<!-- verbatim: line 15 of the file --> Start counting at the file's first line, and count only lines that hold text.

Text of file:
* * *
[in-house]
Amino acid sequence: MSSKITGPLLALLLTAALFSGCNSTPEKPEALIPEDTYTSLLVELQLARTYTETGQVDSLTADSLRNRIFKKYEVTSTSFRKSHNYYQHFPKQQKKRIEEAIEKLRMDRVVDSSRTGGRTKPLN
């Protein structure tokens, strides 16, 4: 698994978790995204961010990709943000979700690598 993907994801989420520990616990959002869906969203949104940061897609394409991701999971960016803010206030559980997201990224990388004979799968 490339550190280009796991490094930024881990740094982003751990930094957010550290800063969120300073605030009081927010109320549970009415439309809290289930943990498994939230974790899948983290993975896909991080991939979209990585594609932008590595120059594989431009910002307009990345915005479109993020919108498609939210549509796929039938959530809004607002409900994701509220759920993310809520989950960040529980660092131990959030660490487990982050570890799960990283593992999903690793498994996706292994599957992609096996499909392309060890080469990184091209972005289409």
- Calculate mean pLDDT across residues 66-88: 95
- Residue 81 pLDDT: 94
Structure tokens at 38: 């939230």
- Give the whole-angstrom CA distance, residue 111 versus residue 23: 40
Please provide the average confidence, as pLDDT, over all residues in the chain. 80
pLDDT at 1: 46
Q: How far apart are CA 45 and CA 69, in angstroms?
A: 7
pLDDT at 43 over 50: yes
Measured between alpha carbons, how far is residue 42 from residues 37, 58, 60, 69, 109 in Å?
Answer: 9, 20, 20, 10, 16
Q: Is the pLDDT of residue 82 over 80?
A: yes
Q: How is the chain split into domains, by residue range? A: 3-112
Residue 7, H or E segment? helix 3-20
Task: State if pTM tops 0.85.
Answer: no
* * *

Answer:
Q: Is the pLDDT of residue 82 over 80?